A history of sustainability
“It was a love affair,” said Hank Menke, President and CEO of OFS, about his parents’ commitment to taking worn out, scrubby and eroded land and refurbishing it into thriving forestland. He went on to say, “We did a lot of planting. We did a lot of tree planting. I did more holing and stubbing in with my foot than most would care to. It was enjoyable, though."
"It was rewarding to see what we did while reflecting on what it had looked like before.” I recently had the opportunity to talk to Hank about a seemingly simple subject—wood. My goal to show how the material is at the core of OFS: to show how important the role of wood has played in the history of the company and how OFS has championed the use of this versatile and renewable material. My result: a perspective on how this structural material was used to build the intangible framework of a culture.
“Today you can see the pines we planted and the hardwoods that are re-emerging because of those efforts. There were mistakes made, but you know what? The fact that we were out there planting, that we were managing the land, that’s why we have more today than we did 20 to 30 years ago,” he said.
Hank talks often about how OFS is a relationship-driven company. “Of course, you have to have the right product at the right price, but for us, it’s much more about the relationships that we create. What you make people feel is as important as what you make,” he said. I’d heard this before, but I gave it some extra thought this time. Hank continued, “When I think of wood, I think of the forests. That makes me think of family and I’m not just talking about my family. I’m talking about this family, OFS. Wood has always been what we have done. Wood is in our roots, but ultimately it is about family. It is about this group of people.”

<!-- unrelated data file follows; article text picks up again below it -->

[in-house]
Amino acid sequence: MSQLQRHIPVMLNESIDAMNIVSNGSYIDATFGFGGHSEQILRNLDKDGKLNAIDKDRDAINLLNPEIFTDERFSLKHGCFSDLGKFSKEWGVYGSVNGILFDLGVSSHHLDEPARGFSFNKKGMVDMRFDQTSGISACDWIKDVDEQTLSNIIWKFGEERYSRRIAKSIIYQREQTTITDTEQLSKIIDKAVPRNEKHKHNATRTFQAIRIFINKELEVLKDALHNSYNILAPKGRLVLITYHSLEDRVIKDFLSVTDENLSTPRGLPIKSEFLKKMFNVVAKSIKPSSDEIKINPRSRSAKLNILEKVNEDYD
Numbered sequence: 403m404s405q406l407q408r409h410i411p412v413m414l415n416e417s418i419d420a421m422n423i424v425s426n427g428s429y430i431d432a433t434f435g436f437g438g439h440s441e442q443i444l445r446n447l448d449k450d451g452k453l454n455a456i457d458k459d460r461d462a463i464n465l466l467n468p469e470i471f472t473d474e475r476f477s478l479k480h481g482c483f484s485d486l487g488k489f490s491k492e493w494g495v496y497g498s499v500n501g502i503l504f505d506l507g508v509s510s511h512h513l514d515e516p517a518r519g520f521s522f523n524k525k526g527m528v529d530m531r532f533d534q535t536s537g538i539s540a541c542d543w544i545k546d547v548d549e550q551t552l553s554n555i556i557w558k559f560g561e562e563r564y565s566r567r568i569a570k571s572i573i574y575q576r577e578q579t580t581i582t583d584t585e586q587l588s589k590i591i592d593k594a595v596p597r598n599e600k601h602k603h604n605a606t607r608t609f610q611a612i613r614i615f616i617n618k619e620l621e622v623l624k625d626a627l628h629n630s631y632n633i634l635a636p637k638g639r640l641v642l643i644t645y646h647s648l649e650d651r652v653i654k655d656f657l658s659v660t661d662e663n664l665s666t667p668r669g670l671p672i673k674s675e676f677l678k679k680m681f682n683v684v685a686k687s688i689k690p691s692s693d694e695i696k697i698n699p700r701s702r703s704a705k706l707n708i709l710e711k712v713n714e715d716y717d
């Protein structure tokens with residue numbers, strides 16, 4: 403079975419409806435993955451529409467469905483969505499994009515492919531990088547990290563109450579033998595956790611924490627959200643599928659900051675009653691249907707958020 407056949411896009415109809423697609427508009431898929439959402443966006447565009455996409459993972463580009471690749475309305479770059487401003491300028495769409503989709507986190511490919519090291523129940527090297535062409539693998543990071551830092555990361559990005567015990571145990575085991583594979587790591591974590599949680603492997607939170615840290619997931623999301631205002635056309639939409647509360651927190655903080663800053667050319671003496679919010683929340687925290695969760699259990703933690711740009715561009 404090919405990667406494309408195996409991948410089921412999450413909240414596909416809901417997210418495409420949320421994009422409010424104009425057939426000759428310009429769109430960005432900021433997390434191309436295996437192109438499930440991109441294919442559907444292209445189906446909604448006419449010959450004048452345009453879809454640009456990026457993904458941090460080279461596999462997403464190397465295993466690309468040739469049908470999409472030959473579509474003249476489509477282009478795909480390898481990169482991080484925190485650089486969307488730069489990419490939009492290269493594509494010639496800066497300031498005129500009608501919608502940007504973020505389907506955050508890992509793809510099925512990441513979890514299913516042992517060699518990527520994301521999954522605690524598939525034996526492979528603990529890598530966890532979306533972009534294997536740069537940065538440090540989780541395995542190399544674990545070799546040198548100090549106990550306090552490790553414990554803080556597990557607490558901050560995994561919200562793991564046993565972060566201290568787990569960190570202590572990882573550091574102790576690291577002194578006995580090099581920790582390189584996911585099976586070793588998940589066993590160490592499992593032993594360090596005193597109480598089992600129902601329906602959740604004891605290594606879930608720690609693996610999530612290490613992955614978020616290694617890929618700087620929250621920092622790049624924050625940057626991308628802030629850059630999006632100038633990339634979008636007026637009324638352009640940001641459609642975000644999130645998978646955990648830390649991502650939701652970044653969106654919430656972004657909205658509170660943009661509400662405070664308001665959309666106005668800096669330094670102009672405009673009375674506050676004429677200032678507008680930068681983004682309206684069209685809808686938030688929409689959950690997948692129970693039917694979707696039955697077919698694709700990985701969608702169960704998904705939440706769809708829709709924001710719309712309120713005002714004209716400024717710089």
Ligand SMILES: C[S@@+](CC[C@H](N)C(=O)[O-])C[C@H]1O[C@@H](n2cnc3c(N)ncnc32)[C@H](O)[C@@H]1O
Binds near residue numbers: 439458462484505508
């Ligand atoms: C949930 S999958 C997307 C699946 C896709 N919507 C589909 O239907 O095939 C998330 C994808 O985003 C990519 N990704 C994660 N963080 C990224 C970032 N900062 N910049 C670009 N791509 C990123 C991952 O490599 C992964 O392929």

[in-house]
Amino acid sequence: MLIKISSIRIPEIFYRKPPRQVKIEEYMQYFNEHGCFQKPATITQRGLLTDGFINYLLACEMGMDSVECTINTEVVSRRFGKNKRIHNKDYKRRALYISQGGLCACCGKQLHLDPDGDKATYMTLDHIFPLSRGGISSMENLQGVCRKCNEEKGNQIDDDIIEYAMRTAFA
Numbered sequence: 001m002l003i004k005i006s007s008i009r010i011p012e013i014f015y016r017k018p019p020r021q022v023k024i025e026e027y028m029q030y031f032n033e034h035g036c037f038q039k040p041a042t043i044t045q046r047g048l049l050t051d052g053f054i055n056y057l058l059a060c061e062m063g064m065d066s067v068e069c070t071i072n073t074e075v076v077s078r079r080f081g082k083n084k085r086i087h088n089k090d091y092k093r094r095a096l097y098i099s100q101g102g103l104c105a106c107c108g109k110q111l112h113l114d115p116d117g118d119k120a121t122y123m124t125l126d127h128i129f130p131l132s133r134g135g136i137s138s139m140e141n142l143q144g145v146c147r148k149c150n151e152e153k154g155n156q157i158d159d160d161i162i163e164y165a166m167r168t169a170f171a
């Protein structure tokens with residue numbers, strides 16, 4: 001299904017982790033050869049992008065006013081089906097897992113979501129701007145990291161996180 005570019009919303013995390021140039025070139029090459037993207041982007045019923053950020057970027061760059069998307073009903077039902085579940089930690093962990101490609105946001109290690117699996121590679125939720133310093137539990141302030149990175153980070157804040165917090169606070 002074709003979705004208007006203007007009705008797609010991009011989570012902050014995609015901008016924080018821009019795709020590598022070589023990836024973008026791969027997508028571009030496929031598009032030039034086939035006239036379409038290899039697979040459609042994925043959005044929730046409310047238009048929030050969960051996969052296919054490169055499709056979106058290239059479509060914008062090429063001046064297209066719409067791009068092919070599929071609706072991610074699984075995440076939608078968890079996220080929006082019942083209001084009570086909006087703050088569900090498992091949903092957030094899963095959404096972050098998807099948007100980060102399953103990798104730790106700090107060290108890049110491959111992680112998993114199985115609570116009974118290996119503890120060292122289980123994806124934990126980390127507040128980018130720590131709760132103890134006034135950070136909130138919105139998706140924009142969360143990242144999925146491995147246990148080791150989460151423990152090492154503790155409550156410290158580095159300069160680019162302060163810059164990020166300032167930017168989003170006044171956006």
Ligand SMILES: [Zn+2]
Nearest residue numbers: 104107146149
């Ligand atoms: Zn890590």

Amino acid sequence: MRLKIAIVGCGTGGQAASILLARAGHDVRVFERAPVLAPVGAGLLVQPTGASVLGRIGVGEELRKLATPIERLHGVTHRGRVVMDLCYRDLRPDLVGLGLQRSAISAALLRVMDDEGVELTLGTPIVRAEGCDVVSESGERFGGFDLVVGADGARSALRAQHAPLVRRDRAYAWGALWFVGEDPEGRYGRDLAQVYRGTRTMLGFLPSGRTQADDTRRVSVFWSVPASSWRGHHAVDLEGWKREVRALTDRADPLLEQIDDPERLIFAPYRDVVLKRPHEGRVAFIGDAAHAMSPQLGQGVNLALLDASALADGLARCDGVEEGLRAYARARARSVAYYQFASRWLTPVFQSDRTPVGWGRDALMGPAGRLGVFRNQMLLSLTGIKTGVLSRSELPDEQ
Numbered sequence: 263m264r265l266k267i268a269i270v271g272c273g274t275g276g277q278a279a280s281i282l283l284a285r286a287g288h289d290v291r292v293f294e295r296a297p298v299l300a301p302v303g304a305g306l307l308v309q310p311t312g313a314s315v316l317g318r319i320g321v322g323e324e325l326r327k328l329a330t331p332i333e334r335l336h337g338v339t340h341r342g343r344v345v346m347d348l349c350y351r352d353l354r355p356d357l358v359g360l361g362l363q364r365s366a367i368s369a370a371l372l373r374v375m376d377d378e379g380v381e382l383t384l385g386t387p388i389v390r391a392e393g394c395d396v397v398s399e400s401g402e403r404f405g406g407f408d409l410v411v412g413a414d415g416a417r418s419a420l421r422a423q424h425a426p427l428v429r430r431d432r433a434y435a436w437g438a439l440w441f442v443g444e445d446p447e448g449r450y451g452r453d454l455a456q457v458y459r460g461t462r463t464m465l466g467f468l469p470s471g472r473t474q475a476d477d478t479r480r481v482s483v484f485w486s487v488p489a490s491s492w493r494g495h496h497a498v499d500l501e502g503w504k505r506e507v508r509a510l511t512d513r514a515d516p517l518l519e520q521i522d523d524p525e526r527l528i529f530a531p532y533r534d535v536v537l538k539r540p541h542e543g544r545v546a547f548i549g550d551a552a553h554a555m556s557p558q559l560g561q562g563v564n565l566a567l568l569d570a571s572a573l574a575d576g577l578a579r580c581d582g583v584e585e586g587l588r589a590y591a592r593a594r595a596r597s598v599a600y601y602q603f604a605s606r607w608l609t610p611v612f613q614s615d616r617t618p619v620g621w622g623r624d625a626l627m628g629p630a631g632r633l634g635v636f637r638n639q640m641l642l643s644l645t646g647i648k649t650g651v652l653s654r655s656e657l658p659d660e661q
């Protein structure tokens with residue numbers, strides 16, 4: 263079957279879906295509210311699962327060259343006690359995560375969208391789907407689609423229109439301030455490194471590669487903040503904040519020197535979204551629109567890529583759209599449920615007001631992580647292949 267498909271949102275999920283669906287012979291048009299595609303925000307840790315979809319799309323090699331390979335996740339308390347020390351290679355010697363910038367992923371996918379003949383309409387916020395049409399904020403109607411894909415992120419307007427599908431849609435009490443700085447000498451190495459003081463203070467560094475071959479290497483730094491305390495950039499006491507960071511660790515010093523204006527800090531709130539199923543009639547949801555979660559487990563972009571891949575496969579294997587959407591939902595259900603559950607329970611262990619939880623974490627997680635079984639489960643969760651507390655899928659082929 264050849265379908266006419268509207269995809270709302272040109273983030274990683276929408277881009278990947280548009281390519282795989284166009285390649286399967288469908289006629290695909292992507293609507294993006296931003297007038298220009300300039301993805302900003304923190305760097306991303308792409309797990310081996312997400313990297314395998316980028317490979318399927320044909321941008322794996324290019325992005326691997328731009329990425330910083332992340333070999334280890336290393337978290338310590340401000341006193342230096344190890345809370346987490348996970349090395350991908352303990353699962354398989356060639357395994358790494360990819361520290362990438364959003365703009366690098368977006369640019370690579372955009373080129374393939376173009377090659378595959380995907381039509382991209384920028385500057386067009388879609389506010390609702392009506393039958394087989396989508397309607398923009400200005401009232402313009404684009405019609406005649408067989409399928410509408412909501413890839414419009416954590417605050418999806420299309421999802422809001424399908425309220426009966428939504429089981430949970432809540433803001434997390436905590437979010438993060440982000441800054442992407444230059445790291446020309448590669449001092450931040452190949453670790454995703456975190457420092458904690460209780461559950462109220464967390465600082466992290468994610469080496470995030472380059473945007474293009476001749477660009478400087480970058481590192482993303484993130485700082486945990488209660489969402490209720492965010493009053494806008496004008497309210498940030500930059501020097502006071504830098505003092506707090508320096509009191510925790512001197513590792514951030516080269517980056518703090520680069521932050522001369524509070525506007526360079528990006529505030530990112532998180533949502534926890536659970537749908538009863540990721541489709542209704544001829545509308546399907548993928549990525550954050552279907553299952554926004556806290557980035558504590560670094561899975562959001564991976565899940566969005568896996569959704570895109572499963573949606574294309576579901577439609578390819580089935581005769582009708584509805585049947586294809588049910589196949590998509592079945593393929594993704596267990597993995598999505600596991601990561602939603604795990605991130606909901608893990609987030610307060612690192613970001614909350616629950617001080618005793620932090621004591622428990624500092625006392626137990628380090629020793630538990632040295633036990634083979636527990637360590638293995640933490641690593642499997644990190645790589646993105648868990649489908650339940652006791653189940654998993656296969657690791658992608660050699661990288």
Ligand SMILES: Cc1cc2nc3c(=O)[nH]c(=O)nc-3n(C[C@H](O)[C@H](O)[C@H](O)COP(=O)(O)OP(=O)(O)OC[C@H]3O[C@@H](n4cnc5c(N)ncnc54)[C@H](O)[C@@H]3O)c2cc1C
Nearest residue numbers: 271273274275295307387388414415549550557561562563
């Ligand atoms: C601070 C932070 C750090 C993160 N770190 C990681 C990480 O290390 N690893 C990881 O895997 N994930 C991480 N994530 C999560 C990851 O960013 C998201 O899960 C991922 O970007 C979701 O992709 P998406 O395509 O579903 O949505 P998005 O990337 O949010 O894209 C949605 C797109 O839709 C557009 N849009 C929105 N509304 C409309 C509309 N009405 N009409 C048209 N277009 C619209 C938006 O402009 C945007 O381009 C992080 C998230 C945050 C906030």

Wood, as I knew it, began to look less and less like just another construction material and more like a symbol of something much deeper. After all, there are so many different materials to choose from, and we use a lot of them. We don’t build just wood furniture anymore. “It is applying those same principles and techniques learned in wood manufacturing to everything we do. We didn’t get to where we are today by being wasteful and abusive of what nature gave us to work with,” Hank stated.
I began to see that this is about the mentality of the wood-worker, the conservationist. It is about the legacy of a relationship between man and material and the evolution of culture.
I continued on with the interview. After a particular question, Hank spoke about the tone of this proudest accomplishments. In the early eighties, Hank led the transition of what would later become OFS from a residential furniture manufacturer into the contract office furnishings arena. “I felt we had a real opportunity. We were the new kid on the block when it came to office furniture. There were things we were doing in residential furniture with wood and veneer that gave us a fresh set of eyes, but we basically had to create a brand new company.” He mentioned that during that period of time, there was simply no way for residential furniture to compete with what was going on overseas. The market was dying. “Taiwan was eating our lunch,” he said.
So, what did Hank and his company do?
They began to plant. They did a lot of planting. They did more holing in and stubbing in with their feet than most would care to. Why would they do anything less? Soon what was worn out, scrubby, and eroded was refurbished and thriving.
Today we can see what was planted and what is re-emerging from those efforts. There were mistakes made, but you know what? The fact that they were out there planting, that they were managing that new ‘land’...that’s why we have more today than we did 20 to 30 years ago.
An old love affair continues. I think we can all feel rewarded for that.